Music, like art, is a reflection of life – and it wouldn’t be an altogether good reflection if there weren’t songs like En Kadhale. To me, it is the one song in the entire album that expresses the sadness of rejection well, and the album wouldn’t be what it is, without this song. There are two versions of this song and the one that I identify most with is SPB’s version. The setting itself was of some importance – the musical duo are on stage even as the shared romantic interest is in the audience. Rahman’s ability to weave the words and the instruments between poignant piano notes and the ironic use of happy musical modes (the major scale with an accidental) for conveying sadness are two aspects of this song that illustrate Rahman’s genius. There is plenty of lyrical profundity in the song – “Amudhenbadha, vishamenbadha illai amudhavishamenbadha” comes to mind as one defining lyric of the song, as also, “killuvadhai killi vittu yen thalli nindru paakkiraai”. The song features some great improvisational saxophone, with the deviant, happy tune of Anjali, Anjali providing a sort of playful respite from the choking sentimentality, and finishing off the song when the lyrics cannot. A classy number, the song seems to be a sort of prototype of sorts for some of Rahman’s fantastic music in future albums like Kadhal Desam. In an associated celebration of poetry, Prabhu reads out some of Vairamuthu’s poetry in Kavithaikku Porul Thandha, memorable for those of you who have listened to the complete album. A second track, Sathathathinaal shows off some more of Vairamuthu’s poetry.

The line that connects the dots between the blissful infatuation portrayed Anjali and the reflective and hurt mood of En Kadhale, is the hopeless intoxication portrayed in Vennilavin Theril. The song features the redoubtable K J Yesudas and the poetry of Vairamuthu, which is replete with every sane and insane lust that a poet could muster in decent admiration of the woman he is infatuated by. There are no saxophones here to shake you into blissful relaxation or push you off cliffs of self-pity – only violins that seem to channel every power inside the poet’s mind into his obsession, into thoughts of she who is verily the poet’s zahir. With lines like “Mugamkandu mugamkanda nesam konden / Aval nizhalkandu nizhalkandae naan paasam konden” and “Maanamulla oomai pola dhaanam kaetka koosi nindreney”, this song was my favourite on the album for long.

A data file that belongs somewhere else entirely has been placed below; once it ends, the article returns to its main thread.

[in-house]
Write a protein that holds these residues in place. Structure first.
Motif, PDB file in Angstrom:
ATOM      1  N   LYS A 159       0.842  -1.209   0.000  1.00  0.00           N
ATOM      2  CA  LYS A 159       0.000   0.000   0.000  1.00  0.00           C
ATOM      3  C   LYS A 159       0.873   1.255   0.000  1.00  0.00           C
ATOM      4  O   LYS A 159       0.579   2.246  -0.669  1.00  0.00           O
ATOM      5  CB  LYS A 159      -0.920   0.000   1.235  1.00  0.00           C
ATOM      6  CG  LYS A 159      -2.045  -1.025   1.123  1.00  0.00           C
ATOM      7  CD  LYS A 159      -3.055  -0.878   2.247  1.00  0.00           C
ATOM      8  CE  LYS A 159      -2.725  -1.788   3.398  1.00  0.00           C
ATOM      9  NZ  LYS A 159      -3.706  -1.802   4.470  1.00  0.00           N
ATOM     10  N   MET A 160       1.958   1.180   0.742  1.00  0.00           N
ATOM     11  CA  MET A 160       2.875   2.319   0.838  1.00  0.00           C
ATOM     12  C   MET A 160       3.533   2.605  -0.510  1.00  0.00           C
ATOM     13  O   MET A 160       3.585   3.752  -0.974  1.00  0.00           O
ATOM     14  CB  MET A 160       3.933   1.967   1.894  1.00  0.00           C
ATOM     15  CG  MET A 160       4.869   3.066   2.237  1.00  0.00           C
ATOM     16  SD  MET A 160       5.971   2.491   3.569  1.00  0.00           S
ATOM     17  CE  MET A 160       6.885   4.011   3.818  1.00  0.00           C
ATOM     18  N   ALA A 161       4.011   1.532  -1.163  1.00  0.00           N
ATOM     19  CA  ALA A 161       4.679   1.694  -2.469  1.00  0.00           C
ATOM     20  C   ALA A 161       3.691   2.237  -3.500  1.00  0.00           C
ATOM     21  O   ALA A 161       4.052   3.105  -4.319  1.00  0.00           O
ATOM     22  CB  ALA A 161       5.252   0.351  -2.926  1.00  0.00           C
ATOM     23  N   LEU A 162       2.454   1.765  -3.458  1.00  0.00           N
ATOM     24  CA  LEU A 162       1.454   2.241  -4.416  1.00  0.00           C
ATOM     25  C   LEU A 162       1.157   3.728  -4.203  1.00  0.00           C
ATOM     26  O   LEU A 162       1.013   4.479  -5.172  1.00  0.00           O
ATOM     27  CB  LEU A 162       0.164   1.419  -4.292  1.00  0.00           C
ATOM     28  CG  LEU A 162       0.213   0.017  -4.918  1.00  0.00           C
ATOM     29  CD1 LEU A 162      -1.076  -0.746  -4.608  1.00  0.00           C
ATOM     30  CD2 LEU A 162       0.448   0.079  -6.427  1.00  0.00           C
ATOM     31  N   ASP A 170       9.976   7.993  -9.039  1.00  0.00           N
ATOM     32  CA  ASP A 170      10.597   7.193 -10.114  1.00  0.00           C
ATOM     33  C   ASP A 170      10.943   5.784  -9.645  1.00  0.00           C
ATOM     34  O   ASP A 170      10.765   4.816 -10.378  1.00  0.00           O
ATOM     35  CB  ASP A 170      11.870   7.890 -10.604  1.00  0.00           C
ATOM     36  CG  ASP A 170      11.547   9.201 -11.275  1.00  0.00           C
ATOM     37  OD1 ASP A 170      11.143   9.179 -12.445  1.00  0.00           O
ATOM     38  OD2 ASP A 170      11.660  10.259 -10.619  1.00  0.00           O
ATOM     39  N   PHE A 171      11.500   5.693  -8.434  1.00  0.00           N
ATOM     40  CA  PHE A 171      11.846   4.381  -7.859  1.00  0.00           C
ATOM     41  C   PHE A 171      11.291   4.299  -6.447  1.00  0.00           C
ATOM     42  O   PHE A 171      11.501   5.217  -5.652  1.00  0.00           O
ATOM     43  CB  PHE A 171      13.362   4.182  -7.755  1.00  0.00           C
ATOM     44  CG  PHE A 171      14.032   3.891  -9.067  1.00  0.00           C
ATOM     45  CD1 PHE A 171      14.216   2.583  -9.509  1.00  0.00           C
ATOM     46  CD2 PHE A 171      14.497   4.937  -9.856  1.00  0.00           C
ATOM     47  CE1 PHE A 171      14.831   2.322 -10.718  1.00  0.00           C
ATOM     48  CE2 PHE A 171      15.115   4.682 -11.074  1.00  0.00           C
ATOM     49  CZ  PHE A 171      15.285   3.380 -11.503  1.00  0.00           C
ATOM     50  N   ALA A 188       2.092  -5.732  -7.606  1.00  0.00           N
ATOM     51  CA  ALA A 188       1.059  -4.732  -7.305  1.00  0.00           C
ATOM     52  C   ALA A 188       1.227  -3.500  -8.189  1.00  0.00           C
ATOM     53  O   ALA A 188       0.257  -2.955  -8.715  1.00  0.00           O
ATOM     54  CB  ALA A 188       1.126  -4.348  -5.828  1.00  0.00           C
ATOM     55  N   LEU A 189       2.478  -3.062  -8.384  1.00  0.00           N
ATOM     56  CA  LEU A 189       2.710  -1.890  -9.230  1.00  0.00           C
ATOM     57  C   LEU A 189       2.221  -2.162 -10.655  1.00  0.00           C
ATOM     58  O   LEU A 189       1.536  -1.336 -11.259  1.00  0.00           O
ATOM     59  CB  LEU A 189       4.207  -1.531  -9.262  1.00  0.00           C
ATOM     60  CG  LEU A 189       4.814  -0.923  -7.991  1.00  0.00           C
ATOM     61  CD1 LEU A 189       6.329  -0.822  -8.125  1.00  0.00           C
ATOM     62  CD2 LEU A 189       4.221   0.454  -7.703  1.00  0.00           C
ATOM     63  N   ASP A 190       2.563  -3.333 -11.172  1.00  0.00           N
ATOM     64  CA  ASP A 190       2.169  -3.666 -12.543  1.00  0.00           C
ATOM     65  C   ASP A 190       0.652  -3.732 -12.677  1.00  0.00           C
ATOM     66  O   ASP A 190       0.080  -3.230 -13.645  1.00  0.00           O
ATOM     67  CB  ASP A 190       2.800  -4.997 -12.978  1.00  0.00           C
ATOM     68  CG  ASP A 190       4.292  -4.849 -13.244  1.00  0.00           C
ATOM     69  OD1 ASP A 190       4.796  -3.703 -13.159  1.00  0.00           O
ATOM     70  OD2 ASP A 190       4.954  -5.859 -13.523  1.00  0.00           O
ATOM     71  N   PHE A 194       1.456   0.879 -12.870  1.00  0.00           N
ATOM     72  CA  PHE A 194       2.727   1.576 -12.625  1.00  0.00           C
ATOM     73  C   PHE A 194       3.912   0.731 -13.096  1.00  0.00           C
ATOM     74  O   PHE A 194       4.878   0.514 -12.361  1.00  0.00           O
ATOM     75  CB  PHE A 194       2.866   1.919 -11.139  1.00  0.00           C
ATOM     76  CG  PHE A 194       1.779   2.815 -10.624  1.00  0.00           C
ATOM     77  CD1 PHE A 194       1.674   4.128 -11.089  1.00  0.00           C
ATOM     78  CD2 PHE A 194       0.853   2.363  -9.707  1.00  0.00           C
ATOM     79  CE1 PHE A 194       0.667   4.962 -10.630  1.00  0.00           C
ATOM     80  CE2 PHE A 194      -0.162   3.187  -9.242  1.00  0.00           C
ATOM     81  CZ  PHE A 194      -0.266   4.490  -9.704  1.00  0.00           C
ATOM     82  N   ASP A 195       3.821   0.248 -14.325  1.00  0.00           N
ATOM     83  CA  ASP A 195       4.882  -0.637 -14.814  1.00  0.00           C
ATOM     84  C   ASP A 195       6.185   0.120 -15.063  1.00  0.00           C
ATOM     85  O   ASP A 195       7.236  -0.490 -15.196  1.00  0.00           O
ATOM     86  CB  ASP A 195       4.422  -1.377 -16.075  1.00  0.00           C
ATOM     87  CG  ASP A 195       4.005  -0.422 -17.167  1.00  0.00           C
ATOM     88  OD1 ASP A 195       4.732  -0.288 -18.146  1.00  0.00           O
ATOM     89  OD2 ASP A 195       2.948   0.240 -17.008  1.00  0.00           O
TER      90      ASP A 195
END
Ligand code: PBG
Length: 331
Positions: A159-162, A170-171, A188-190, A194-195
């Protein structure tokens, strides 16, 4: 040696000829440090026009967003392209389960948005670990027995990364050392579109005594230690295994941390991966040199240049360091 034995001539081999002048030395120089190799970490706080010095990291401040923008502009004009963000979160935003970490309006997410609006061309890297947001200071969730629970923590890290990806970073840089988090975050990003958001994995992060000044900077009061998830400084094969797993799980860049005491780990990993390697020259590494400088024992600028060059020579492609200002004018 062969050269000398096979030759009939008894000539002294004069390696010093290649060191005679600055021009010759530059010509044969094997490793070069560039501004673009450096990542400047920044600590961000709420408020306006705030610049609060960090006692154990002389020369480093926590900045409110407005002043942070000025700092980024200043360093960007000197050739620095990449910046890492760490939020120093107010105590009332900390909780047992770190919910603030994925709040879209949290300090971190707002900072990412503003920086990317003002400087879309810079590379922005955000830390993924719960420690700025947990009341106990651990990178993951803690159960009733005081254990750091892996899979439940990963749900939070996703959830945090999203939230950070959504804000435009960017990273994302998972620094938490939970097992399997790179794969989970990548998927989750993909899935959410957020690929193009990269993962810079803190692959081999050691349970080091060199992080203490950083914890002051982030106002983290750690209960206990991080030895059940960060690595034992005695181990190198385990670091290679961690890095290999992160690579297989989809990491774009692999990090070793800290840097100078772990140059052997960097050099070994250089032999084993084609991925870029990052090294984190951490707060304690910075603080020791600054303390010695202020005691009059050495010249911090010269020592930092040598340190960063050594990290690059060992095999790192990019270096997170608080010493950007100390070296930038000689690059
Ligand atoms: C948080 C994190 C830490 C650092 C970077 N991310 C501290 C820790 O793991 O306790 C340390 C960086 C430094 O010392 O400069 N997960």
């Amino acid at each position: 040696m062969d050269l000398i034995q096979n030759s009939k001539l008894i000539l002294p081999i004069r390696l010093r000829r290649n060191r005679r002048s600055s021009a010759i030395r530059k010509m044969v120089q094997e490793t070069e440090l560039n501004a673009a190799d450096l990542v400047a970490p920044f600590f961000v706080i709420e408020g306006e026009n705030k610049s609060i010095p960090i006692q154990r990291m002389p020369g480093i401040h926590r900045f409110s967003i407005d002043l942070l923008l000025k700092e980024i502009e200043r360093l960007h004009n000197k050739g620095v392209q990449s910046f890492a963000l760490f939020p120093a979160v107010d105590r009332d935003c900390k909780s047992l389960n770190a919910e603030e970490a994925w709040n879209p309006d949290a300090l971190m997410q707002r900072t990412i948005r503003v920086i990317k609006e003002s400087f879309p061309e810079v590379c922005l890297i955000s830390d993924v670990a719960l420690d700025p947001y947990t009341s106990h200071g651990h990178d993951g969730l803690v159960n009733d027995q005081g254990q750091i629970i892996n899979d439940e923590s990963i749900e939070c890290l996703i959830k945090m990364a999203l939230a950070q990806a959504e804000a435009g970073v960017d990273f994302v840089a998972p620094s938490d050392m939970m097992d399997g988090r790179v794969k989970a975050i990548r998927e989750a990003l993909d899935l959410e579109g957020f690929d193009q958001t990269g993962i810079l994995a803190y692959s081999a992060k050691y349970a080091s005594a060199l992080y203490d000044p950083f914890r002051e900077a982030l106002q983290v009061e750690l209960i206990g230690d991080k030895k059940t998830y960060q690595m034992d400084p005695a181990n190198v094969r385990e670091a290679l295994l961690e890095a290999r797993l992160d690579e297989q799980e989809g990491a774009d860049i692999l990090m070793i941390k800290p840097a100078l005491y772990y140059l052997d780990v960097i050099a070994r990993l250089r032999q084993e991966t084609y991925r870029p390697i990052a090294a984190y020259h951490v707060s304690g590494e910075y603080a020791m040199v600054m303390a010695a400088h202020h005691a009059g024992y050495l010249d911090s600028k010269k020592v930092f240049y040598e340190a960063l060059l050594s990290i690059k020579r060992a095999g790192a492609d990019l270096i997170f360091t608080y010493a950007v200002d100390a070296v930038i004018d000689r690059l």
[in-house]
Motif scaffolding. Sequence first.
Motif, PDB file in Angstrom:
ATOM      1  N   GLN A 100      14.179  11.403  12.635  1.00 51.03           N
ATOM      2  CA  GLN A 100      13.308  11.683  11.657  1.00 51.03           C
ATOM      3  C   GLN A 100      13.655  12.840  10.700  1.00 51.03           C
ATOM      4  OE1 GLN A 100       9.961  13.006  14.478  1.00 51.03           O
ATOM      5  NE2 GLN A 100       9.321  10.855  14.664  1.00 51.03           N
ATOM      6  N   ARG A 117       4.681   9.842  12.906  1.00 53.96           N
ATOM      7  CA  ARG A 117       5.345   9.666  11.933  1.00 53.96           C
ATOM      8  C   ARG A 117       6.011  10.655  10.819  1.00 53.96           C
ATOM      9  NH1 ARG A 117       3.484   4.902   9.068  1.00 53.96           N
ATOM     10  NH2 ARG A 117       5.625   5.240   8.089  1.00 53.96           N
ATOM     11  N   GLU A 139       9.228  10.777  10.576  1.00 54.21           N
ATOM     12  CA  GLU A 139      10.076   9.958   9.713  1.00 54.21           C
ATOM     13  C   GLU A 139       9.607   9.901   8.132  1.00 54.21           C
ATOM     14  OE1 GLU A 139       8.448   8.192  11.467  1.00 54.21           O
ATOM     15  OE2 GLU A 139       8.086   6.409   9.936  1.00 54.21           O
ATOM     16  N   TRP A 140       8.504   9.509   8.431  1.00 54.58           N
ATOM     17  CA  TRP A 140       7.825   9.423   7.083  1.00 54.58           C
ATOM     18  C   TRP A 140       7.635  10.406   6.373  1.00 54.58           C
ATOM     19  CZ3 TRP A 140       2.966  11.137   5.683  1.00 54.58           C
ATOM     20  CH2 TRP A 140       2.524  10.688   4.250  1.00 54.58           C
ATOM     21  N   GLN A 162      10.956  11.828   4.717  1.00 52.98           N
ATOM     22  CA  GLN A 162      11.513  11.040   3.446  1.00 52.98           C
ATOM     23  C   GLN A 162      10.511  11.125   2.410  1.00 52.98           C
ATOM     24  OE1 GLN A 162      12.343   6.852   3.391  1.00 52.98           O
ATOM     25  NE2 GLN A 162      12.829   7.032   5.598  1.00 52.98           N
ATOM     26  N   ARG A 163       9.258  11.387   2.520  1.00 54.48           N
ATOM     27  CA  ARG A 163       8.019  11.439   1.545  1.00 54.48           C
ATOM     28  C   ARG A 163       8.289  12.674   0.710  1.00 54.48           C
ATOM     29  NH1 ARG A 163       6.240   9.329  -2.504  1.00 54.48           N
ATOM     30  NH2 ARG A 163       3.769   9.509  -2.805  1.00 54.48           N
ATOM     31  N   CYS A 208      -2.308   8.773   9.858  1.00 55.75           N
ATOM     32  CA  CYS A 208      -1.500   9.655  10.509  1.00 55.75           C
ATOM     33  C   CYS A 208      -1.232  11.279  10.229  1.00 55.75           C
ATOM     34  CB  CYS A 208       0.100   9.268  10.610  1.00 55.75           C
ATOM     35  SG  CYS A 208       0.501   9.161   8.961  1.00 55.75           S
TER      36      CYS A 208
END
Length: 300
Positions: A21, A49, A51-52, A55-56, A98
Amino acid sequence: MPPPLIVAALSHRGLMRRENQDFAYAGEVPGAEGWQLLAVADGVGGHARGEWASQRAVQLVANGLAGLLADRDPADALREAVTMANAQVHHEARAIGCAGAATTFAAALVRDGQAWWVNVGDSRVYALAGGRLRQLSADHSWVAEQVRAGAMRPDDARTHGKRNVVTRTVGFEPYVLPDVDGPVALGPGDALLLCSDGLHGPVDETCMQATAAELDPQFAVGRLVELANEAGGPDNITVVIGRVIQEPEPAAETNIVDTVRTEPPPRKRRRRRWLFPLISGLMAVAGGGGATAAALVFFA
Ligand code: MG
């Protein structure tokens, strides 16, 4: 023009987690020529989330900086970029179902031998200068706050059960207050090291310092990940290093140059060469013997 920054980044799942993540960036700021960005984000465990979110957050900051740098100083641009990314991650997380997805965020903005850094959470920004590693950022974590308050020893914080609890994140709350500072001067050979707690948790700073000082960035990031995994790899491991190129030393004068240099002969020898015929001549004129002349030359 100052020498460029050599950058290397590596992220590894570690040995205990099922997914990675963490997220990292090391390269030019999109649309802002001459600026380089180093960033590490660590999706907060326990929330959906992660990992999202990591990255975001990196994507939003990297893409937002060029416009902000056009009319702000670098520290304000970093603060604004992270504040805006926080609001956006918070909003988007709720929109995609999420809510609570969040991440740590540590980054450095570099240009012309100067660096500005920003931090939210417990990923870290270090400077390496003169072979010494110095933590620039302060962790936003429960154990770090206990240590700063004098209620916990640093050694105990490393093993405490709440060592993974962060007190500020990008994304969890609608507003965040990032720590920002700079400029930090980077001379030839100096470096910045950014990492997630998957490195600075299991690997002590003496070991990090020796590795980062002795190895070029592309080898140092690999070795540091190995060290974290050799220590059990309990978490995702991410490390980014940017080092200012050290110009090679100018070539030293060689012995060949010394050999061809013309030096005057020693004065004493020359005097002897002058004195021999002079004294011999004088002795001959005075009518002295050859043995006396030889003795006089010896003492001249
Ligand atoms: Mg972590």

Naan Padum Sandham is for the poet whose muse has returned after the crests and pitfalls of a creative journey. A happy, uplifting track that moves from delightful piano notes to saxophone that dominates most of the song, this is definitely the hidden gem in the album. Those of you who haven’t got the full album should, for the teasing sax notes that are at once surprising and playful.

The two remaining songs on the album, Kathirikka and Kulicha Kutralam are essentially filler. They’d be considered catchy or peppy in a modern non-Rahman Bollywood parlance but aren’t comparable to the classy music that form the rest of the album.

Here are a few links to songs from the album on YouTube, and one jam session on SoundCloud:

·               The Duet Theme

·   &nbs
p;          
Anjali Anjali

·               Vennilavin Theril

·               Mettu Podu

·               En Kadhale

·               Naan Paadum Sandham

And here is a jam session on SoundCloud by @hariflute.

Duet is, in my view, one of Rahman’s best albums to date and one of the best uses of the saxophone in popular Indian film music. Those of you who haven’t heard the songs too well – I hope I have rekindled your interest, and those of you who haven’t – I hope you will enjoy it as much as I did on first listen and grow to love it.

 

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One thought on “The Music of A R Rahman???s Duet

  1. Dhanasekar SDot

    This one album is very close to my heart too 🙂 I would rate the saxophone theme and Anjali Anjali are one of THE best compositions from the genius. Even today I listen to these songs at least once day along with other 90s best like Puthya Mugam, Rythm, En swasae Katra, May Madam ,Thiruda Thiruda and Roja

    Reply